Impartiality in arbitration between competing views can be a matter of the comparative degree of rationality—but only if you accept a theory of degrees (which itself undermines the credibility of many competing views calling for arbitration—or animately not calling for arbitration, due to portended exposure to such impartiality, which could only look like alleged “impartiality,” as subjectivism is an absolutist’s best friend).

But the abortion battle continues (in the U.S.), giving dramatic weight to the Rortyean relativists who counterpoint solidarity vs. objectivity. You’d have to have a similar feeling for your own academic self-confidence: that it’s a matter of solidarity among those who happen to share your ethos. An ethic is married to an ethos. (Maybe we should understand “ethics” as derivative from an ethoic. But, since an ethos is commingled with ethnicity, maybe the fundamental discursive formation is an ethnoic. Language is a flexible commingling.) Especially within academia, solidarities can be small scale, as the biological people gang against the cultural people in struggles for positions, funds, and students, let alone “schools” of opinion—excuse me: scholarship—that don’t speak to each other.

All the world’s a stage on which the best of reasons play. And, in the twlight, the dramaturgical type of activity may harbor all the rest.

But it’s not all shape shifting, since policies may have real effects.

Anyway, though Habermas may be right (or, at least, I agree) that the moral issues of human genomic work can’t be sufficiently analogized with abortion debates such that the latter may guide thinking about the former, it’s undeniable that claims about fundamental moral meaning are just as important for the one as for the other, and an evolution of opinion (or potential for evolution of opinion) applies to both, which entails that the better arguments relative to human genomic work may evolve, too—or be currently unrecognizable as better arguments, not that I’m about to proffer an argument for permitting genetic enhancement.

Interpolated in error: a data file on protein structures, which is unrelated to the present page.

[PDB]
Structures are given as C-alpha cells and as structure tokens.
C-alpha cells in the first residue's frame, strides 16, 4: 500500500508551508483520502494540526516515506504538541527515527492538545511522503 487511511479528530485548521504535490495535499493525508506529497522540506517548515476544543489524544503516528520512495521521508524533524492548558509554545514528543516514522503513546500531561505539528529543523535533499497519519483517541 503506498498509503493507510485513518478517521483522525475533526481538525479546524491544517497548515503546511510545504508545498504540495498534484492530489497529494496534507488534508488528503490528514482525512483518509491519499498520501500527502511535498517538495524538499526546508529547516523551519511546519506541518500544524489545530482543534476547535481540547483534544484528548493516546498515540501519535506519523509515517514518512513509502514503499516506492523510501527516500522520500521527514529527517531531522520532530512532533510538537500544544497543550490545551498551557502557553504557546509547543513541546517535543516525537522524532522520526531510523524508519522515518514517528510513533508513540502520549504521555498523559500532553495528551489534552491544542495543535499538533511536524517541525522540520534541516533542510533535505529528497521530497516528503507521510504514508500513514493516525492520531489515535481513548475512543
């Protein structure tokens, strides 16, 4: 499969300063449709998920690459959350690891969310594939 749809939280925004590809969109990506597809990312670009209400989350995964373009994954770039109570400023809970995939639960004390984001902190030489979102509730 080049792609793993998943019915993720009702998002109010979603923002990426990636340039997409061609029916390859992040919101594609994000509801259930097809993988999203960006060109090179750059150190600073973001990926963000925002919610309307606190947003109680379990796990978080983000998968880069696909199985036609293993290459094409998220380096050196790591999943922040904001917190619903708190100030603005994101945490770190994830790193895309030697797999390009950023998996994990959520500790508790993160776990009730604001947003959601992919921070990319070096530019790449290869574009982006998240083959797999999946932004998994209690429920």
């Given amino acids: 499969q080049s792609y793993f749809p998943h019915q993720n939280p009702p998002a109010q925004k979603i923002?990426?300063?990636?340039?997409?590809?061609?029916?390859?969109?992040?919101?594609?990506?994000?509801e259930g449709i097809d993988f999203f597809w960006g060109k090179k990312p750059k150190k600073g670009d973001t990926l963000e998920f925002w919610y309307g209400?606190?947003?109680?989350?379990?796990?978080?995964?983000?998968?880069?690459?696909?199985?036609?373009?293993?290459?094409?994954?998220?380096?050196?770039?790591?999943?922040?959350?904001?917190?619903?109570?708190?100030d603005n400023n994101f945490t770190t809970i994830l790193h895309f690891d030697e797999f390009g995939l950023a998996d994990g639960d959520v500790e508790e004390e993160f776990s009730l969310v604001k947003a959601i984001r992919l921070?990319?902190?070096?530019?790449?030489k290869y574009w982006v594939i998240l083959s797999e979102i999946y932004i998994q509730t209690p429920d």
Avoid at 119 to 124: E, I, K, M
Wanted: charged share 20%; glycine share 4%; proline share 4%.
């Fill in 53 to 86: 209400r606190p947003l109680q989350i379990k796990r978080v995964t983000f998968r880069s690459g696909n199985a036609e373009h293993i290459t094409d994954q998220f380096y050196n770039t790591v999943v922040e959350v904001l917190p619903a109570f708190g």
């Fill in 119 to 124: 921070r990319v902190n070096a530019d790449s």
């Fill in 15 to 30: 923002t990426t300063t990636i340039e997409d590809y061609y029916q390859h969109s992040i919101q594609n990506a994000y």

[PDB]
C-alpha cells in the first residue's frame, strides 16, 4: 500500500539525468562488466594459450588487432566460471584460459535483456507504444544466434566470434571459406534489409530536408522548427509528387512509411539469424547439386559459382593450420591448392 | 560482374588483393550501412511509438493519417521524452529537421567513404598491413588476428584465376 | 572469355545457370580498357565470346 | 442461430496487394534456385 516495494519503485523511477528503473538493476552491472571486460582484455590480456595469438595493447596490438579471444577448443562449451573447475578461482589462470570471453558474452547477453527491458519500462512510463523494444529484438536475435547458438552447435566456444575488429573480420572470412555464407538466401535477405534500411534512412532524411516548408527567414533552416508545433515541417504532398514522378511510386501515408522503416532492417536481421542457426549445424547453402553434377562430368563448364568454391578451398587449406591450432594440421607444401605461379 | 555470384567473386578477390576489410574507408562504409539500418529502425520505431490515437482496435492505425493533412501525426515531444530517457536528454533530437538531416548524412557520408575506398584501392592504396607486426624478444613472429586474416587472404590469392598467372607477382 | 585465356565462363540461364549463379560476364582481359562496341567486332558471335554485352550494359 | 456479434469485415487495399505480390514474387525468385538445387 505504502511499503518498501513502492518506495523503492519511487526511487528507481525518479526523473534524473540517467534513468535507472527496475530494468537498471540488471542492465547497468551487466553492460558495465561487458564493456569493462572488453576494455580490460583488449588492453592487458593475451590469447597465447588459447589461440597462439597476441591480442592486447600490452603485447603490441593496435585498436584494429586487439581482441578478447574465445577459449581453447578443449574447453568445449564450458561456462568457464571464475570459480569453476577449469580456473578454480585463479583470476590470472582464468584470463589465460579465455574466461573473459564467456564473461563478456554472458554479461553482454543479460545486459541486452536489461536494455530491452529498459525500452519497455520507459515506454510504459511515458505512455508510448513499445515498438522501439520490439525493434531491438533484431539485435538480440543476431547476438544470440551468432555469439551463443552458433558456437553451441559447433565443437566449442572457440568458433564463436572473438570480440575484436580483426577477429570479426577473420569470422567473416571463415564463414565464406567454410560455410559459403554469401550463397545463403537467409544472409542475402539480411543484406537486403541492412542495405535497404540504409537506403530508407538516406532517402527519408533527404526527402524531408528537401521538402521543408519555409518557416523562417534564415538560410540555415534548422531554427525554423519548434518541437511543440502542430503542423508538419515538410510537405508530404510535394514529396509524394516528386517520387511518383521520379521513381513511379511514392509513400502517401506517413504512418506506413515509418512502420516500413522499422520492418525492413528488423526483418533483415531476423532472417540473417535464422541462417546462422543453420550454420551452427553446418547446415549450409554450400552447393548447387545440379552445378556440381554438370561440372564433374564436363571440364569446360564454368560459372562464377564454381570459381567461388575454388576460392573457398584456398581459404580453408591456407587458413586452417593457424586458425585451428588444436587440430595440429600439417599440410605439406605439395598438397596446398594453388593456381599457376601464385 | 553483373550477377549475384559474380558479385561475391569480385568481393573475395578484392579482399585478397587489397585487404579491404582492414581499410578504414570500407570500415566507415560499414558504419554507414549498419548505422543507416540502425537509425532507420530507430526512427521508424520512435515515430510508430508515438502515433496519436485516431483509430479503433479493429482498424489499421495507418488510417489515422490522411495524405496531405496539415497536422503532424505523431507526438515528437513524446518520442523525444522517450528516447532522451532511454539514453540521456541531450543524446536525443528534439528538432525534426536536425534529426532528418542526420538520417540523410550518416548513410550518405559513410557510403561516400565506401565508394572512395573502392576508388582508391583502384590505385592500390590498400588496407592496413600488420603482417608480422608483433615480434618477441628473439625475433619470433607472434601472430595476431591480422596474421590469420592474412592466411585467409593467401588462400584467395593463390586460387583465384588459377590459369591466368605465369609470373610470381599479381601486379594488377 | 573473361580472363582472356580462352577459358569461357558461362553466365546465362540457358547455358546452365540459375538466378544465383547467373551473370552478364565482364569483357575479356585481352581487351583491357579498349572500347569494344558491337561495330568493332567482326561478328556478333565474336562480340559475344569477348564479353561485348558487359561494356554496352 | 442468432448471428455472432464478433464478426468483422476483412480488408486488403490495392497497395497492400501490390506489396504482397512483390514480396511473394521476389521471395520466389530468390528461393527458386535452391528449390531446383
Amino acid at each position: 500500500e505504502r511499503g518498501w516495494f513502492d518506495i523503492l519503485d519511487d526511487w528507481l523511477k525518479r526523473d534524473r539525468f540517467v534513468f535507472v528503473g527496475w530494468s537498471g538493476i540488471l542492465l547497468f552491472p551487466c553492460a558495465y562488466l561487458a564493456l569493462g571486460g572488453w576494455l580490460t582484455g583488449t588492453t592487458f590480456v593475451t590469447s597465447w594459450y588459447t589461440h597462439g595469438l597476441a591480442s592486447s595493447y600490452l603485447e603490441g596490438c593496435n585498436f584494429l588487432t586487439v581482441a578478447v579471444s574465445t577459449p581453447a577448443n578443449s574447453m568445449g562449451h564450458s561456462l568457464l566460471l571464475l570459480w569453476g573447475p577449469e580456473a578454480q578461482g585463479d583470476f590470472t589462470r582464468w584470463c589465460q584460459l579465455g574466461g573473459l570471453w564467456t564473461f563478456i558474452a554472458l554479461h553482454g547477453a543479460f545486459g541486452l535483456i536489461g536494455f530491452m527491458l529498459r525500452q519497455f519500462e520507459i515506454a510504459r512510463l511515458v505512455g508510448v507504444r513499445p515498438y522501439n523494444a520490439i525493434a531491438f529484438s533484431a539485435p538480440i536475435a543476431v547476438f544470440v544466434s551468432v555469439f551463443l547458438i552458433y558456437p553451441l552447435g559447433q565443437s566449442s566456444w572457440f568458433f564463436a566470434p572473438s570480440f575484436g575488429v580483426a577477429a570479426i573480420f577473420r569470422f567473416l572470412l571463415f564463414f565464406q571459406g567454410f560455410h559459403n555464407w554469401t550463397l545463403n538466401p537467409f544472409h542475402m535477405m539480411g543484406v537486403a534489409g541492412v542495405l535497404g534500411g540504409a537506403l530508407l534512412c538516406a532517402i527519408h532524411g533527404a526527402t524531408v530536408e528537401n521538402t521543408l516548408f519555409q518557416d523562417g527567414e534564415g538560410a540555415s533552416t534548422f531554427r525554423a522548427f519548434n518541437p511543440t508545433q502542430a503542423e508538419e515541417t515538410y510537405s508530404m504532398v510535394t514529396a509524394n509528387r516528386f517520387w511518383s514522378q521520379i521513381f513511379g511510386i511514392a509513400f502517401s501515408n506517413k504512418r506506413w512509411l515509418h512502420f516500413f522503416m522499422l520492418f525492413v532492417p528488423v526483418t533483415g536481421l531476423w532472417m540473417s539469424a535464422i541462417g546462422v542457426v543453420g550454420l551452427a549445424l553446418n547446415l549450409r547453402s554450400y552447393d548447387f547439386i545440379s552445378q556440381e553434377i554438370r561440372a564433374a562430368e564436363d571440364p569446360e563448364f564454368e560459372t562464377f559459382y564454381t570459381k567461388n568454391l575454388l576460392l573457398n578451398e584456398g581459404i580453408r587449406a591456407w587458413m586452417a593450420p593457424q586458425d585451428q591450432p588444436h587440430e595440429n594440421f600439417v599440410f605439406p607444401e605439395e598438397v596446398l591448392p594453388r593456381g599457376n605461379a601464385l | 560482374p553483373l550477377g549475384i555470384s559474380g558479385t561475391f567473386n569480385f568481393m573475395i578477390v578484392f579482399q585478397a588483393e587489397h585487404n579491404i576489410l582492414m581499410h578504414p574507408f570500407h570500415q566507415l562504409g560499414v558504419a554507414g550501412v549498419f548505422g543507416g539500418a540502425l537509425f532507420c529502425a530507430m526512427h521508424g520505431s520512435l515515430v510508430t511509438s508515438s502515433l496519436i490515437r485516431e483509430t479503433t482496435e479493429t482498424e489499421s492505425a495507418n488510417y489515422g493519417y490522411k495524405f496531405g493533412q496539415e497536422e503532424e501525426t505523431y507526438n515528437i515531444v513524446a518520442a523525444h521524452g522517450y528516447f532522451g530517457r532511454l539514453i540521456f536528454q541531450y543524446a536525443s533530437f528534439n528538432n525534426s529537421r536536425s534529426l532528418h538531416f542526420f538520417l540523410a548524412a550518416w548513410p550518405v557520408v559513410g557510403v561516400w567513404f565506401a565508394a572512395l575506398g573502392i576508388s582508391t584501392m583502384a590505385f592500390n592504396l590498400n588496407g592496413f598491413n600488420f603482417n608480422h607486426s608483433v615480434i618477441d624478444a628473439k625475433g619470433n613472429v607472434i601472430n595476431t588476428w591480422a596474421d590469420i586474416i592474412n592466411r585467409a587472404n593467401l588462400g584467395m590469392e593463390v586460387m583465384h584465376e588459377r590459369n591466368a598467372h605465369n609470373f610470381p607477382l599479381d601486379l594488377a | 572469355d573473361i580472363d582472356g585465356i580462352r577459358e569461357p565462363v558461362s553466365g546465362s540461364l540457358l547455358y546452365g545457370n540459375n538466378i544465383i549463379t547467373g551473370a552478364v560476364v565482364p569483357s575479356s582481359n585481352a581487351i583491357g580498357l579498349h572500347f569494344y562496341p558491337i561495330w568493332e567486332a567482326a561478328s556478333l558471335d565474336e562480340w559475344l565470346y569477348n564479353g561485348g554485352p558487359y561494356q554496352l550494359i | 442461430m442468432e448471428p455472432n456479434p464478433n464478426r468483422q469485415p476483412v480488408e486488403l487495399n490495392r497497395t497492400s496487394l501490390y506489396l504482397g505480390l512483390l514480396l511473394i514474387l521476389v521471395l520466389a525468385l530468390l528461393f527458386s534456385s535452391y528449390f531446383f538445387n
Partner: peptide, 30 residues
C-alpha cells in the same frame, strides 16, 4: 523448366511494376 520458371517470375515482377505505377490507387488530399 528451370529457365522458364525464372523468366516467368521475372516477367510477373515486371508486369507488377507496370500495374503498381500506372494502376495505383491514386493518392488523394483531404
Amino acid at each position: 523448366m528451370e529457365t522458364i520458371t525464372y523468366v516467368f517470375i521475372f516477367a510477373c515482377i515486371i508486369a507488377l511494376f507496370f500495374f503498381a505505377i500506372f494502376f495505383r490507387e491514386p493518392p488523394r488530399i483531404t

But the best possible arguments can’t exist unless one explores their possibility, which makes taking the stance of optimism toward tenability necessary, in order to see how far one can go before the case falls apart—debate club becomes moot court becomes discursive inquiry in scary waters.

This love of the game ought to be considered typical for philosophy: You take a stance to see what may become of it, and make the best argument you can, like the attorney devoted to making the best available case, as the “truth” is that which results from the best available case (which only has universalistic methodological correlates for the mode of empirical evidence, not for a constitution of juries—which, by the way, are hardly ever made of one’s genuine peers).

The issue at hand is, proximally speaking: discerning/constructing the boundaries of relevance on “moral" meaning in social formation of policies (or norms).